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Making a good impression with the boss.
How many days did you spend in the field with your manager in 1998? Five? Ten? Let's face it: Sales managers have to do more now than ever, and spending time in the field with sales reps is difficult. However, time spent with your manager is important to your future success as a salesperson and within your company.
This article offers some suggestions on how you can shine when you work in the field with your manager.
• Review your last field visit report. What areas did you discuss the last time your manager rode with you? How have you improved these areas? Will you have an opportunity to demonstrate your improvement and your responsiveness to management coaching? Do your sales figures, call activity or customer response indicate any improvement?
If so, be sure to bring documentation to share with your manager. If not, decide in which areas you are having trouble and inform your manager that you need help. Let them know ahead of time so they can bring any appropriate resources with them.
• Understand management's objectives. Ask your manager what he or she would like to see on their field visit with you when they call you to schedule a dateto work together. Review all recent memos, voice mails and e-mails from your manager. Are you following through on their suggestions? Being a successful sales representative is not tricky, it's just about following through with company initiatives, management direction, customer requests and marketing resources.
•Â Begin the day on a positive note. Sales reps often do not take into consideration that their manager may not be familiar with a reps' territory. Fax or e-mail your manager directions to your meeting place.
•Â Be on time! Many times, representatives live in the area where they are working. However, in most situations, their manager does not. Be considerate of his or her time, and be waiting and ready to go. Use the time to review your call itinerary and call objectives while you wait.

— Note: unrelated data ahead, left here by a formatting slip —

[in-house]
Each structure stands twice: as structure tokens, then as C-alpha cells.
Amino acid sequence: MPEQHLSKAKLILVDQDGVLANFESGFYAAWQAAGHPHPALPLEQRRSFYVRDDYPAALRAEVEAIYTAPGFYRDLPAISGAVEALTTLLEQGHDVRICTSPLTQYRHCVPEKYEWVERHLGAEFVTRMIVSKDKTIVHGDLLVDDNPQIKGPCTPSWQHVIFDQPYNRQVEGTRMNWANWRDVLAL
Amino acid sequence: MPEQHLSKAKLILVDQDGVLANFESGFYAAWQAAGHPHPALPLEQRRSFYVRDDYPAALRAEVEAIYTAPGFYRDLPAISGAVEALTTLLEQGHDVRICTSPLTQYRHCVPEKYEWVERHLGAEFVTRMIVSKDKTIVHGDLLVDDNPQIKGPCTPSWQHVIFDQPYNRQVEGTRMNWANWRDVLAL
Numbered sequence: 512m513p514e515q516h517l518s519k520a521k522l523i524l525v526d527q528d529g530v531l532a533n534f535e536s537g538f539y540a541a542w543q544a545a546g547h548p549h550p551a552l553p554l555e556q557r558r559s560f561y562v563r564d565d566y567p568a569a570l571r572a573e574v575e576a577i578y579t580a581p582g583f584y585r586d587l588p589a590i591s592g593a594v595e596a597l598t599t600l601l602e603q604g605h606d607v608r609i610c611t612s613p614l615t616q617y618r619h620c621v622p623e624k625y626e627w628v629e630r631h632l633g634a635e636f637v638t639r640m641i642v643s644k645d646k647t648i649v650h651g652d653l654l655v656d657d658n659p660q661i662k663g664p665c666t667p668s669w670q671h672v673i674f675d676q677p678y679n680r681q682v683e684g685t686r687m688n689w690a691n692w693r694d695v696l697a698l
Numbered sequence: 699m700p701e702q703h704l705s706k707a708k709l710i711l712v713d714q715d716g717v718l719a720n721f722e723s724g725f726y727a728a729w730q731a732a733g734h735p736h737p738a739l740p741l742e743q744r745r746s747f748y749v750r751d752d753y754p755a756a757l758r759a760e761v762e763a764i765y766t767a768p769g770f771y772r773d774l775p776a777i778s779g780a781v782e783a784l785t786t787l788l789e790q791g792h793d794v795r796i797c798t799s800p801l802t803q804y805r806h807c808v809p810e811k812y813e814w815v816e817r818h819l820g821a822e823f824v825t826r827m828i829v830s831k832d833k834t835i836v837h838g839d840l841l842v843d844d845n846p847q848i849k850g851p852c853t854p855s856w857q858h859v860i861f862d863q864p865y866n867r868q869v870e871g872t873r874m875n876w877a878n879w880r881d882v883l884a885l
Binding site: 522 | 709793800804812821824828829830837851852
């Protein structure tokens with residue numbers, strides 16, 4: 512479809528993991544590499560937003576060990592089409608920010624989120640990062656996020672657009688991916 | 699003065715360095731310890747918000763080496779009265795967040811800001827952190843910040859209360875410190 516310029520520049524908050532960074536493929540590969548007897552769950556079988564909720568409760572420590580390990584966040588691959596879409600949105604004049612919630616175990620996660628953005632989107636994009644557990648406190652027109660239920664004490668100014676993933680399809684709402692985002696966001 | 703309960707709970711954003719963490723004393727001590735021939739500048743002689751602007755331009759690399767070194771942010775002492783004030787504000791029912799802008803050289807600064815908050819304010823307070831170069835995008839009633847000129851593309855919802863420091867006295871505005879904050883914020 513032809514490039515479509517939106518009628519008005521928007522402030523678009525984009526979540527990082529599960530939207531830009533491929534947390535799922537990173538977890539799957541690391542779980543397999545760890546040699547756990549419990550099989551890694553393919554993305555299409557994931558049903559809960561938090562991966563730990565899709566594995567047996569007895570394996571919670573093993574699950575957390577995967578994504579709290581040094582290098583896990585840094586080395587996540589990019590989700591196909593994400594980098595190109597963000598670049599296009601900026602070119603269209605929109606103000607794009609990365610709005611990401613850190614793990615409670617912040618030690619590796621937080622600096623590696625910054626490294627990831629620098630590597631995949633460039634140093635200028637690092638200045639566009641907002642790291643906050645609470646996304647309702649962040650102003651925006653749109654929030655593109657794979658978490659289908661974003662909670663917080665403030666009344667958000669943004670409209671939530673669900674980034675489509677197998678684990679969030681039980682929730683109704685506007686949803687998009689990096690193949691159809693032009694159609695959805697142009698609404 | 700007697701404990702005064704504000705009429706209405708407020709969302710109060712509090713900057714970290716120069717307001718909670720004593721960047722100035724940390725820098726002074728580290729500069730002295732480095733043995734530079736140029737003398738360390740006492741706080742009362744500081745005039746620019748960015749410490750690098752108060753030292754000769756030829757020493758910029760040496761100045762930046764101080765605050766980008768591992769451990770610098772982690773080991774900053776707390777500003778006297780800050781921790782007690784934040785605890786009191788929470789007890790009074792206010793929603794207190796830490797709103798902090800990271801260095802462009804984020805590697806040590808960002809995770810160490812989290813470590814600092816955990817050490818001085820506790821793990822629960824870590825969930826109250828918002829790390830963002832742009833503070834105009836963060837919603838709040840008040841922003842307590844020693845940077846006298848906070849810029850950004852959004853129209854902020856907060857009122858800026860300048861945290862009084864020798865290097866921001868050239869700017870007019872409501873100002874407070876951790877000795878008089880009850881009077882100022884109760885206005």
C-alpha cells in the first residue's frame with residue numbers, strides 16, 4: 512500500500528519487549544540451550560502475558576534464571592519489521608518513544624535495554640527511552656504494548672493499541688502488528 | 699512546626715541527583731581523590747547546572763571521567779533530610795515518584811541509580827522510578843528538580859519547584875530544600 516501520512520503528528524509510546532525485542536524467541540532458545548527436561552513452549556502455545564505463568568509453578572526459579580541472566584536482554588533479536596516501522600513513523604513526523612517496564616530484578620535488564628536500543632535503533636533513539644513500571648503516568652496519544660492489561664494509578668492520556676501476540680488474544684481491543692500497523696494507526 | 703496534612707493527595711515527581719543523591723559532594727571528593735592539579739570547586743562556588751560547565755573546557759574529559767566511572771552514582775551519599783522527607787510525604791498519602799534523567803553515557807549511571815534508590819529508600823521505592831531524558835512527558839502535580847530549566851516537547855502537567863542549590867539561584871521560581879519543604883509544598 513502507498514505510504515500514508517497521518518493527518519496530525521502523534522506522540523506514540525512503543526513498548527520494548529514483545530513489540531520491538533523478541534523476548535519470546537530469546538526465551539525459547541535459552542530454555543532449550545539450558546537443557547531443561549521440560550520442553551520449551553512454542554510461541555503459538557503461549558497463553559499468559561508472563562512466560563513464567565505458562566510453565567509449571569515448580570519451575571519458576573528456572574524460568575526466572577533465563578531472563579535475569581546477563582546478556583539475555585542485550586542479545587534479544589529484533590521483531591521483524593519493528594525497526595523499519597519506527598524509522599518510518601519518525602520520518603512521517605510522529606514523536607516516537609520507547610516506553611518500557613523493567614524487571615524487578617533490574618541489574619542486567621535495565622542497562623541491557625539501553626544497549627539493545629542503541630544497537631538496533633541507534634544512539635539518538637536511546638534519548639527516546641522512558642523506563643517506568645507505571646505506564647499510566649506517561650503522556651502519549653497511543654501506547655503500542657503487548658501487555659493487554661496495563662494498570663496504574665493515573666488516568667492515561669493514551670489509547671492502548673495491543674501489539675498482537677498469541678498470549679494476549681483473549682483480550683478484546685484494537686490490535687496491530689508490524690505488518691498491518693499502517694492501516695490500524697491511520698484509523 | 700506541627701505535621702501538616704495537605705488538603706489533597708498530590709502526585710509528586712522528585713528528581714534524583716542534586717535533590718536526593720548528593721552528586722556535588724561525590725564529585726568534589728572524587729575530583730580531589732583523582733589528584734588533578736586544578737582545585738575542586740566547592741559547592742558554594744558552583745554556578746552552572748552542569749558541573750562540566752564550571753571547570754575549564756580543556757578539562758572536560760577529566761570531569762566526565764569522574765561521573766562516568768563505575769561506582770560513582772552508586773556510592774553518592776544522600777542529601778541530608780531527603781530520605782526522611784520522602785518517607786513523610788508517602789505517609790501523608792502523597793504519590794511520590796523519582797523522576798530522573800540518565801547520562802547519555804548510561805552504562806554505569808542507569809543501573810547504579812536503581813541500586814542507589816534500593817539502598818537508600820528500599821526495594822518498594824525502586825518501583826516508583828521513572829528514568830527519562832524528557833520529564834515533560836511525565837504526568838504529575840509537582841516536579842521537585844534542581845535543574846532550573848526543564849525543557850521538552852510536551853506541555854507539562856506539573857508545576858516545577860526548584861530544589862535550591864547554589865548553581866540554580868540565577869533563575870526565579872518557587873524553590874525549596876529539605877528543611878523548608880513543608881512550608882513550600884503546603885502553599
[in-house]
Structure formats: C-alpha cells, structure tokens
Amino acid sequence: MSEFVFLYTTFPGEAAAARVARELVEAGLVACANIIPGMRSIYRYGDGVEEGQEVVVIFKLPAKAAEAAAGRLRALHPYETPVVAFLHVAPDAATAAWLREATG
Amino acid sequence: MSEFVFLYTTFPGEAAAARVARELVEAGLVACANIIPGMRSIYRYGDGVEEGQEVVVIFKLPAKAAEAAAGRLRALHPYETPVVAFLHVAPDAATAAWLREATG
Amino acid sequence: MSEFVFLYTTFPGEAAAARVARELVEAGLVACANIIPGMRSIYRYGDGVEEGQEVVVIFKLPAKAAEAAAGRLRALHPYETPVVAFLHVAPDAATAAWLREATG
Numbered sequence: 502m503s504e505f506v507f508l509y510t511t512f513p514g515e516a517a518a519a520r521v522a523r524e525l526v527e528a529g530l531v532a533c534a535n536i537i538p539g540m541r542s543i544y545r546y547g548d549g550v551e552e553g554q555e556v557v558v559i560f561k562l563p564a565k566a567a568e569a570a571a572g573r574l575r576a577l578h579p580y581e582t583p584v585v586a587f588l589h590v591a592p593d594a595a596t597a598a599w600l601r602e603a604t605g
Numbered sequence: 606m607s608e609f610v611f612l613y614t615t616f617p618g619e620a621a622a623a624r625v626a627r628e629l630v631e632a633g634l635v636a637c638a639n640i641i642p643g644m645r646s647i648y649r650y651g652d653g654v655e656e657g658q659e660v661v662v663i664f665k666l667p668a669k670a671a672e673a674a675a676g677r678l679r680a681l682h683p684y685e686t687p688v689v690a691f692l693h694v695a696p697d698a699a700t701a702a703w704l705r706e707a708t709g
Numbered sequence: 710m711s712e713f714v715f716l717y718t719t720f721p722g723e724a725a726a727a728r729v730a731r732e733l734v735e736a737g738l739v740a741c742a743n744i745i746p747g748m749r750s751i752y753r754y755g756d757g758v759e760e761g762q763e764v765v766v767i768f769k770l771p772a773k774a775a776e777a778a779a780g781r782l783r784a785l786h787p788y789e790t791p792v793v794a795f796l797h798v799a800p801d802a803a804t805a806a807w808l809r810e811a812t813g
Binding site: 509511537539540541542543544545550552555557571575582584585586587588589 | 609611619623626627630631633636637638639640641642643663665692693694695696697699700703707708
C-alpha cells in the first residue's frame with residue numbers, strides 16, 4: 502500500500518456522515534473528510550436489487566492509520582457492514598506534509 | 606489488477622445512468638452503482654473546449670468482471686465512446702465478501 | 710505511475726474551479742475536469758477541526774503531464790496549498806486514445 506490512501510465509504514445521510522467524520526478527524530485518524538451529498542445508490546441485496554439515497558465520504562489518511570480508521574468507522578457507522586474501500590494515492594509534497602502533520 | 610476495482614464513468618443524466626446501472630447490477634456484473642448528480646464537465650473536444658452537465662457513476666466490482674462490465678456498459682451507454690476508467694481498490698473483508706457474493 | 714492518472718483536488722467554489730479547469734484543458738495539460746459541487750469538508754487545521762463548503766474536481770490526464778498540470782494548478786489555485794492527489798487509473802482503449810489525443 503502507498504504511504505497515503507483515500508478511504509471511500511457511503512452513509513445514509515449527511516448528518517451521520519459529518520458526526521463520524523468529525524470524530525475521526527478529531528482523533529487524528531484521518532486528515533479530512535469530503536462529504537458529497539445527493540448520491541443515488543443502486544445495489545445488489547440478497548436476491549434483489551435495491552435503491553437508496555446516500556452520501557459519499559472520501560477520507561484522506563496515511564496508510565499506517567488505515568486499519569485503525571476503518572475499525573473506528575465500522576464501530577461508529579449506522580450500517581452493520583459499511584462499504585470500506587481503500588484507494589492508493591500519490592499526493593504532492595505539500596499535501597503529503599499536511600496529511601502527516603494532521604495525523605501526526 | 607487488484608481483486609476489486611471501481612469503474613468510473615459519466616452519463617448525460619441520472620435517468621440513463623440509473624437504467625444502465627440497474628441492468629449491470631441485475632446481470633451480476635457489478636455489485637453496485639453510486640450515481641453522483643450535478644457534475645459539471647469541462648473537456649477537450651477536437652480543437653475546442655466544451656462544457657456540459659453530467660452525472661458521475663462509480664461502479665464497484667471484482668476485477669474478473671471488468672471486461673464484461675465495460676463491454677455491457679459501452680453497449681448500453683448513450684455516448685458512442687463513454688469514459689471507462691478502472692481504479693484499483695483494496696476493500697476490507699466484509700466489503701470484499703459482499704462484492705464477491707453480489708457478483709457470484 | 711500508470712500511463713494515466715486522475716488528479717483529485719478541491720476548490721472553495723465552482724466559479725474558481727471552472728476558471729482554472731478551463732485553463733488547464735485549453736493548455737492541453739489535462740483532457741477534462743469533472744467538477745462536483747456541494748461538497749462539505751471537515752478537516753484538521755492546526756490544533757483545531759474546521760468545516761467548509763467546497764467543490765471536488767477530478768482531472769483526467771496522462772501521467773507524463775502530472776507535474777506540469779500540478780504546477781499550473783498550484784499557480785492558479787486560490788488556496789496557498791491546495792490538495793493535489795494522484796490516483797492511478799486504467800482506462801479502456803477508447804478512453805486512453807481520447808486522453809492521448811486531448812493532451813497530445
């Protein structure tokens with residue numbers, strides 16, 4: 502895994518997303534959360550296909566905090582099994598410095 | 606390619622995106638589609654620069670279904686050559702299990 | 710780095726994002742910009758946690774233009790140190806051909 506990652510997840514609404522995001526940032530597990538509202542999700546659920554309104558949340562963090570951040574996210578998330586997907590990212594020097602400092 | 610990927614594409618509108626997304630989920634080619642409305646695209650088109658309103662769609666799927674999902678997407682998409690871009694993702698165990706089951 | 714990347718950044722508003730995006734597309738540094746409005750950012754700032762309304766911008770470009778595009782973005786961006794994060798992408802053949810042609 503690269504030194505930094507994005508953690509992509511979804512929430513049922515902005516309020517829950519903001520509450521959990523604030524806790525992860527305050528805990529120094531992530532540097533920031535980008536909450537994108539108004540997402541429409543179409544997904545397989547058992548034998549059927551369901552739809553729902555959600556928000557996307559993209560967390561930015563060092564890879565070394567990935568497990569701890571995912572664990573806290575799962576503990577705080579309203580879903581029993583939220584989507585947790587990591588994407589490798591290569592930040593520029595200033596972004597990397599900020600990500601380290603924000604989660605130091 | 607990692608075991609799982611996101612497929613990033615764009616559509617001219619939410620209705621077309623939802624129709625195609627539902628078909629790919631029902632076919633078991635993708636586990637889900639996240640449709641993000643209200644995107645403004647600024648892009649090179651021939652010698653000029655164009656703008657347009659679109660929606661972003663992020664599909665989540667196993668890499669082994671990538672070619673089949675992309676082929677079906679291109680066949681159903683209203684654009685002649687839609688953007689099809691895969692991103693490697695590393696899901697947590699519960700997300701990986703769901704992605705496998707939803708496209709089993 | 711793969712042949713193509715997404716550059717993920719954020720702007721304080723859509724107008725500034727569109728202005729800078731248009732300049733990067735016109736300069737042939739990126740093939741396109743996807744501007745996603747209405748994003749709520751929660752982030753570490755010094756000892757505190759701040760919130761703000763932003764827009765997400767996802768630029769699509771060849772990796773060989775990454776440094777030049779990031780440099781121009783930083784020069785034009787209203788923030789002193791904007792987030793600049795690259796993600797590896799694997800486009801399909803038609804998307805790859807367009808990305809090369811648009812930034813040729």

•Â Demonstrate your preparation. Hand your manager a folder of information on the day's call activities. Do you have written sales call objectives? Do you know the payer mix in each office? Do you have profile information on these accounts? Are retail or hospital calls appropriate? If so, indicate this information in the folder.
Are you following corporate initiatives by contacting top-rated doctors? Utilize your selling skills with your manager. Anticipate their questions before they ask, and demonstrate your own initiative in running your territory as your business.
Update your manager on current market and sales trends. Consider a brief PowerPoint presentation. Include:
•Â An executive summary of territory business.
•Â Examples of creative solutions to problem-solving.
•Â DDD and/or exponent data on current sales.
•Â Your call activity report vs. that of your division.
•Â Examples of "best practices" you have been establishing in your territory.
•Â Team contributions you have made or received, such as peer accolades.
•Â Success stories with customers since your manager's last field visit.
•Â Examples of your progress in key development areas for your professional growth.
•Â Questions you have for your manager.
•Â Choose challenging customers. All managers know about "milk runs," those field days for which reps have all their good customers set up ahead of time for an easy day. There is nothing wrong with having appointments set up where appropriate, but keep with the call strategies and the high-targeted doctors. Calling only on easy doctors isn't reality and you manager knows it.
•Â Demonstrate confidence. Sell your way past difficult office staff to see top-rated physicians. A well-handled discussion or presentation on your products to a top customer is much more impressive to your district manager than an easy talk with a low-potential, friendly M.D.
•Â Listen, and incorporate input. When you finally get your manager all to yourself for a day, take advantage of it! Take notes, listen to new ideas, hear and absorb all the things for which your manager is praising you and, most importantly, incorporate these ideas into your work.
•Â Stop for lunch. Make sure you schedule lunch. Lunch is a great time to discuss the morning's calls, give your manager a briefing for the afternoon and bring up your blood sugar levels! Working through lunch doesn't impress your manager. It just makes him or her hungry.
•Â Finish the day on a positive note. Do not wait until 5:00 p.m. to tell your manager about a huge problem you have been having with a customer or another rep. Your manager has a family and personal life to go home to. Be considerate of his or her personal time, and remember he or she may still be an hour or two away from home.
•Â Thank your manager. Give him or her brief feedback on the things he or she did that made the day especially valuable to developing your sales skills. Consider sending a thank-you note of appreciation for his or her time and input.
After your manager is gone, work on maintaining the quality of your day in the field with your manager every day of the week that you are in the field alone. After all, you may be the manager sooner than you think! PR